My vision of Nixpkgs CI.
Nixpkgs has a major CI problem. We want to be able to quickly merge changes to a huge number of packages and ensure that the system is healthy. The problem isn’t just that Nixpkgs is the largest repository of fresh packages, that certainly doesn’t help, but there are also unique challenges because of how Nix and nixpkgs work.
One of the unique features of Nix is that each package explicitly references exact configurations of all of its dependencies. This means that a package indirectly references the exact versions and build configuration of all transient dependencies. This provides a huge benefit, as you can configure common dependencies different for different packages without any conflicts. The downside is that a package must be rebuilt when any of its dependencies change. This means that changes to core packages such as the compiler or shell require just about every package in the collection to be rebuilt. This is extremely expensive and extremely time consuming. Without proper management, updating a core package could stall releases for days even if all the required builds and tests were successful.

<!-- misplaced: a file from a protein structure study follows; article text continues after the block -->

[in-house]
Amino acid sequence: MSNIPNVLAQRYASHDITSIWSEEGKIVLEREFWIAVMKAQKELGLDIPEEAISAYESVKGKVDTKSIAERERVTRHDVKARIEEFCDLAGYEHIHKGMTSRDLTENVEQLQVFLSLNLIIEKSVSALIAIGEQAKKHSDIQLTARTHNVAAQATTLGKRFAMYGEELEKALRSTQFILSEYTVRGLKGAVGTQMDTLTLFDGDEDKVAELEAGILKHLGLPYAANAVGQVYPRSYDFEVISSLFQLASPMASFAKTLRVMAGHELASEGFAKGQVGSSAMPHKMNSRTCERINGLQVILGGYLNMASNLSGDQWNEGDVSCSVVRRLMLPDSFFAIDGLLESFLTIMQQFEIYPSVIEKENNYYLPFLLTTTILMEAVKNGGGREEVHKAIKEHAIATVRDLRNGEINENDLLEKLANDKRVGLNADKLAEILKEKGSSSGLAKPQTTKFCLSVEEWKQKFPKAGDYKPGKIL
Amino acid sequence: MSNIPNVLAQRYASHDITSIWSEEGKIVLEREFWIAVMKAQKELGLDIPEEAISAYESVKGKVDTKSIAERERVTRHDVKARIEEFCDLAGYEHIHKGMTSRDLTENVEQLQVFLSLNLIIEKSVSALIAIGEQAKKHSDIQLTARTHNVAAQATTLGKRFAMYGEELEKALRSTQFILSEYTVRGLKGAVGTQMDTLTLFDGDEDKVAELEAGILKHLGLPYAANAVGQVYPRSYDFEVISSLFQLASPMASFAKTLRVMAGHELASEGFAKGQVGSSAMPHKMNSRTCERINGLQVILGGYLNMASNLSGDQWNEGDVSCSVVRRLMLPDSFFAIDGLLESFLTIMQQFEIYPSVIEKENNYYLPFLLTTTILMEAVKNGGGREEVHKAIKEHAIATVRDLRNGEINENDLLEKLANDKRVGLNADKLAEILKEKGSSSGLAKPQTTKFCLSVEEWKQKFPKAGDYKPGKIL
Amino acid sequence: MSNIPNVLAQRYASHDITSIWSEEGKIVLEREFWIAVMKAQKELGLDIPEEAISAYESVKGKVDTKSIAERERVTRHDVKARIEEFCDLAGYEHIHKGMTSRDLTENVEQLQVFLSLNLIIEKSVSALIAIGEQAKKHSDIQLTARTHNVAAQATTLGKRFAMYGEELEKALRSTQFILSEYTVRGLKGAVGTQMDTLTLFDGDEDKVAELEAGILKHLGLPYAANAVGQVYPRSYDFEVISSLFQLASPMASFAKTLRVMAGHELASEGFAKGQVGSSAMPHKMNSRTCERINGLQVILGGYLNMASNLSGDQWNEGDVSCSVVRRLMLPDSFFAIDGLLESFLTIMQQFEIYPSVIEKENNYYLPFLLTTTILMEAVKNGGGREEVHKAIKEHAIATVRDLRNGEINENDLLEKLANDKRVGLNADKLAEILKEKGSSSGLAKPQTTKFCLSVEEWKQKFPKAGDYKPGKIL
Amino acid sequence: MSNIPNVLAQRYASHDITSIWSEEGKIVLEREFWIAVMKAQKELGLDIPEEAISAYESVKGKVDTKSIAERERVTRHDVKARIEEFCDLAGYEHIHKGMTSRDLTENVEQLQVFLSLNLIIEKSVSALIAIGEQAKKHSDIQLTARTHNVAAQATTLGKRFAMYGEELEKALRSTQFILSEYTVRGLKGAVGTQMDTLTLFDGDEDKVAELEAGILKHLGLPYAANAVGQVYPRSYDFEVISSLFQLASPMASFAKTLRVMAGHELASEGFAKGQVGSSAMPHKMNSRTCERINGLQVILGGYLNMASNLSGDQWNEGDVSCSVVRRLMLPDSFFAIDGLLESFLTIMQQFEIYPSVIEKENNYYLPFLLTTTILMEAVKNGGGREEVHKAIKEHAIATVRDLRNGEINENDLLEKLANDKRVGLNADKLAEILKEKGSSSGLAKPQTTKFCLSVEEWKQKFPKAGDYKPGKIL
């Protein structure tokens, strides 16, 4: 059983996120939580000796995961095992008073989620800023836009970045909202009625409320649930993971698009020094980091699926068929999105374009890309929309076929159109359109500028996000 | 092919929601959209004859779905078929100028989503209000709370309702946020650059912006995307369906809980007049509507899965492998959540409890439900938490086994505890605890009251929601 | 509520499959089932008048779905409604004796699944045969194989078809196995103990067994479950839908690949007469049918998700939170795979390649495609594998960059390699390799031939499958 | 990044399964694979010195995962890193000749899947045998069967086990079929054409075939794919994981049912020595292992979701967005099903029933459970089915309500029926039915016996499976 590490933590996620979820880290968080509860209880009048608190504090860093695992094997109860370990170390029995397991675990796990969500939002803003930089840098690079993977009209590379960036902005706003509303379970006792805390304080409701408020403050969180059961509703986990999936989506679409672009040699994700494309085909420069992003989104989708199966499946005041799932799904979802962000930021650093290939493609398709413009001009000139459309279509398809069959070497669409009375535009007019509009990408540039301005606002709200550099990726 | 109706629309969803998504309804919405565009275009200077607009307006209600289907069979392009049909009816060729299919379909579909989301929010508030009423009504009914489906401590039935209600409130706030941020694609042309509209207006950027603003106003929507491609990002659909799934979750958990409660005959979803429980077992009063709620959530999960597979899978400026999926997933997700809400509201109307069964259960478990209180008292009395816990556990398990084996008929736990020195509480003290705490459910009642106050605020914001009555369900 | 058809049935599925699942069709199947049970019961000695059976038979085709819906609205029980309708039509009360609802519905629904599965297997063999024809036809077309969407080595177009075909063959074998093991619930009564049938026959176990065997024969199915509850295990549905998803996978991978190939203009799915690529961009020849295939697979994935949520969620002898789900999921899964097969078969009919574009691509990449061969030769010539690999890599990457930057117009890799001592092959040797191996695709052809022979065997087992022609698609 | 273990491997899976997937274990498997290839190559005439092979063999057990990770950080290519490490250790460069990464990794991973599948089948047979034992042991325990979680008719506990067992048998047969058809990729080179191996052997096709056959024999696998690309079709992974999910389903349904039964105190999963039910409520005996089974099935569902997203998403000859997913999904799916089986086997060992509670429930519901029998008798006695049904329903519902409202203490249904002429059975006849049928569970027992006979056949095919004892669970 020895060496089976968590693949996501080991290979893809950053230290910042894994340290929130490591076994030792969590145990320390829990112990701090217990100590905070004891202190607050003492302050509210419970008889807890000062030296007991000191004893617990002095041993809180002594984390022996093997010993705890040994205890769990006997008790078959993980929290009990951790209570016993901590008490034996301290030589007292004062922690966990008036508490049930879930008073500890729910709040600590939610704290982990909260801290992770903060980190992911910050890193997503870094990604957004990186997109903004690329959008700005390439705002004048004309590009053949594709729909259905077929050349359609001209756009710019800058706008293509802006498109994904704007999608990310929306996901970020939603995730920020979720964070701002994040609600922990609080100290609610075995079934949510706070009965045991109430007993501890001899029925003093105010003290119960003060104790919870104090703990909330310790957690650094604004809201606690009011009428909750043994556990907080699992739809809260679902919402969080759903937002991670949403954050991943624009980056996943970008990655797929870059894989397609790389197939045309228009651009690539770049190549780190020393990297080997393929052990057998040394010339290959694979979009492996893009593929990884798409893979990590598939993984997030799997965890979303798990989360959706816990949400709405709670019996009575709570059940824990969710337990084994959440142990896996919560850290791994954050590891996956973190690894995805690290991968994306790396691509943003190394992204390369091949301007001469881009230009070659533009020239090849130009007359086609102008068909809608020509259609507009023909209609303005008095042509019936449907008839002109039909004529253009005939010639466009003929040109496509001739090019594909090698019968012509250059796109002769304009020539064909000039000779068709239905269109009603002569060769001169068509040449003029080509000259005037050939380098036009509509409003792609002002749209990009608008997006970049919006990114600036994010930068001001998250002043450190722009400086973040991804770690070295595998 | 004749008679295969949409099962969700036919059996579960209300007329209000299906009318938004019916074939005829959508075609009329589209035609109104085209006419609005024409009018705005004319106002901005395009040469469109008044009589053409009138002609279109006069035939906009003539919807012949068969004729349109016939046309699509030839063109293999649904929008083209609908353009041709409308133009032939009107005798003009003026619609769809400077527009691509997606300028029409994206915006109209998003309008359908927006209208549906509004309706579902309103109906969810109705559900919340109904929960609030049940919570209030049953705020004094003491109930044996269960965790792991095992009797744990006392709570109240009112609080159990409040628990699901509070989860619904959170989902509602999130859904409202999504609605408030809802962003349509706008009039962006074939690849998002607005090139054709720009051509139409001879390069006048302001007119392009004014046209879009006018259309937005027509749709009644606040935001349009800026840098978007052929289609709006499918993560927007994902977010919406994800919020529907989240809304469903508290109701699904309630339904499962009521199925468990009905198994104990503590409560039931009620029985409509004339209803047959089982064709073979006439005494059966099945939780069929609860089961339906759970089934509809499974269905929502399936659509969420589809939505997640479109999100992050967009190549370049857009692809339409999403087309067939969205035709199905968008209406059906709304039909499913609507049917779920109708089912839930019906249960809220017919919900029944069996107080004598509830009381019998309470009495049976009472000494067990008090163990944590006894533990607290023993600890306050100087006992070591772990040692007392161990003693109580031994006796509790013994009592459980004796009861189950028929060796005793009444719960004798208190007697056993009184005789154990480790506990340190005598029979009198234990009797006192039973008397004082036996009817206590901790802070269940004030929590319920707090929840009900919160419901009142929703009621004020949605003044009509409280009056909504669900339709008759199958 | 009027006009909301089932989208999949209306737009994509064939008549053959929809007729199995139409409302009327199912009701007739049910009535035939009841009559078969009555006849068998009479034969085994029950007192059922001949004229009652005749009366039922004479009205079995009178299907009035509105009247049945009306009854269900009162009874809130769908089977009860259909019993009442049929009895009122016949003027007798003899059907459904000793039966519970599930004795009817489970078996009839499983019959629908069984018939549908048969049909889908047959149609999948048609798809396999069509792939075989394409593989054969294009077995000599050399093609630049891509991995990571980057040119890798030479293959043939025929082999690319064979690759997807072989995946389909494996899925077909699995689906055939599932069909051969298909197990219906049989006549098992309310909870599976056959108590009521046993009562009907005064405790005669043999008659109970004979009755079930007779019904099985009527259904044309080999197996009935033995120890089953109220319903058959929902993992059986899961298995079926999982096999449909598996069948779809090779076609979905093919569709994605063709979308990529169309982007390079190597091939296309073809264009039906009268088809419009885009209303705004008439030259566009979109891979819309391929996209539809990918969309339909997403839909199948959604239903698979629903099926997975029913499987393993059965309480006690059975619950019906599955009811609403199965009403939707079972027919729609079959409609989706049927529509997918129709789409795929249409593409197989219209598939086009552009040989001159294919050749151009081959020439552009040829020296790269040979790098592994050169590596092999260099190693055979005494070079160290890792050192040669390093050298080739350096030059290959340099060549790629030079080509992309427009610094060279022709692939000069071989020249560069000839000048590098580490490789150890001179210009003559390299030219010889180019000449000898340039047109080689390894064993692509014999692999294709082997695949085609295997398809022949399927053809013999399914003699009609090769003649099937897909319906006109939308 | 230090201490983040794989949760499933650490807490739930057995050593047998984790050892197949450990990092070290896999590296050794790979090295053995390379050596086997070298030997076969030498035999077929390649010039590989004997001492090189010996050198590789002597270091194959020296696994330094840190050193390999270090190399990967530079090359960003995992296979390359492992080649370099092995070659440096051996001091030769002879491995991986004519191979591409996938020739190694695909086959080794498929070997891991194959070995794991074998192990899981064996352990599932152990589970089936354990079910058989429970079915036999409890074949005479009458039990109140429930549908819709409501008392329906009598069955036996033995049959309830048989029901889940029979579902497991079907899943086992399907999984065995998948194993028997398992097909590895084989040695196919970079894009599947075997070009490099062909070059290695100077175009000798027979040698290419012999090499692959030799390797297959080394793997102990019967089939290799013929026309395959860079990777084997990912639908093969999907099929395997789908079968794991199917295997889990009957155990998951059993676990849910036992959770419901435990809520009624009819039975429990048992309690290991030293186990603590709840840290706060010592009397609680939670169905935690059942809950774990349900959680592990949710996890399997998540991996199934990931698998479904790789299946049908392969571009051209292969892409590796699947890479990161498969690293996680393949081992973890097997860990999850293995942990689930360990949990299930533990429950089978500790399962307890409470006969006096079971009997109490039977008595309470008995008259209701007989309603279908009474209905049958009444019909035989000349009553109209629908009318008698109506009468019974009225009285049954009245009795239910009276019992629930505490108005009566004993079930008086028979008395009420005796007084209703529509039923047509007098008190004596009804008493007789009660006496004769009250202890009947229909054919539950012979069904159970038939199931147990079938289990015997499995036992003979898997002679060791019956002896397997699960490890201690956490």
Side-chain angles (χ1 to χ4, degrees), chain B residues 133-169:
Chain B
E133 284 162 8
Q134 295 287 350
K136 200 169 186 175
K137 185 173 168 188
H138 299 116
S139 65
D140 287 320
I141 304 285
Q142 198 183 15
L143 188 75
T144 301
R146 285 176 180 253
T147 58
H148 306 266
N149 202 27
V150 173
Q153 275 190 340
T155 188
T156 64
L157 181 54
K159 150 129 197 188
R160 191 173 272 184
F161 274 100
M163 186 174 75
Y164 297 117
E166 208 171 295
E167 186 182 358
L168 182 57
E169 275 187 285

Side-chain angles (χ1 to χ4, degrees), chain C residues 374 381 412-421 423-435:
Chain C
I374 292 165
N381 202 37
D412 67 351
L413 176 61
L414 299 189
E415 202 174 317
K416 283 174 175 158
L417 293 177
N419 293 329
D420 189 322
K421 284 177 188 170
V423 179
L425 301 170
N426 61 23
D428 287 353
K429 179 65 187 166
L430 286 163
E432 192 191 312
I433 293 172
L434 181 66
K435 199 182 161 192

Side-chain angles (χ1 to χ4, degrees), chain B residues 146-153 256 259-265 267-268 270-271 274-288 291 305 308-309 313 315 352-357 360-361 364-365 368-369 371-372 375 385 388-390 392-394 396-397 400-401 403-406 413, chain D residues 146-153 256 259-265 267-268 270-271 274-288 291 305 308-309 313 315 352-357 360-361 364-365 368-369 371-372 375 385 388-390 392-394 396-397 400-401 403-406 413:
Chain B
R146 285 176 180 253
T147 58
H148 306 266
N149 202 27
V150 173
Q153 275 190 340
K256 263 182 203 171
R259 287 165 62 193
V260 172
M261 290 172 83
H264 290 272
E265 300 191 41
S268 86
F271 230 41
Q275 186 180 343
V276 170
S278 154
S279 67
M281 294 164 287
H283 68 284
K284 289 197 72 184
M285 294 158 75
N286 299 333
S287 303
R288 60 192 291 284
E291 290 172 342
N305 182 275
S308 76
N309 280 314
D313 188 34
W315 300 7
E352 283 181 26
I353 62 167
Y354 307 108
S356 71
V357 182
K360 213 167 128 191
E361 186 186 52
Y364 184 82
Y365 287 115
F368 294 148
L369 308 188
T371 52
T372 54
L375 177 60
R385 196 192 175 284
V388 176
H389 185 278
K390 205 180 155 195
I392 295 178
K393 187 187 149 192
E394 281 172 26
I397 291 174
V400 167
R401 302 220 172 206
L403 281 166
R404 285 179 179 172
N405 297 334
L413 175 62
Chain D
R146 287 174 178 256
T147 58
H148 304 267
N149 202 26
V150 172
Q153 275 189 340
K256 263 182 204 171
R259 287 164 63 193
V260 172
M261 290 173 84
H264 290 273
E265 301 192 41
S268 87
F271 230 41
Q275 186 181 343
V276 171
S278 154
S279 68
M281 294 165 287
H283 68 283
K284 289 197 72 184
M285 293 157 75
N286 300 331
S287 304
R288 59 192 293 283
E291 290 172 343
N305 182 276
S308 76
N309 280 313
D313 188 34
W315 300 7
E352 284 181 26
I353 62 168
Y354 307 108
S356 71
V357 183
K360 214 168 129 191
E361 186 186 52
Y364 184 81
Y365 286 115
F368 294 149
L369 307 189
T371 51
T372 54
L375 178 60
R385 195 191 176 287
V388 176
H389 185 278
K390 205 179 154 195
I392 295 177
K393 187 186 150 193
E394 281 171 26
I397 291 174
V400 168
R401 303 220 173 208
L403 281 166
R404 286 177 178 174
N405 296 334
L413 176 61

(This will be improved with a content-addressed store, however this is not coming soon and still can’t help if there are legitimate differences, for example a new compiler that generates a different binary than the previous one.)
Nixpkgs is distributed as an atomic snapshot of the source tree. This means that as packages are updated in the Nixpkgs repo they are released to users in the same order. A packages that is slow to build, or broken for a week, can’t be released when it is ready. The only option is stalling the entire release pipeline. Incrementally releasing changes in the source so that updates are always small is also impossible as Pessimistic Rebuilds mean that a tiny indivisible change can trigger a mass rebuild.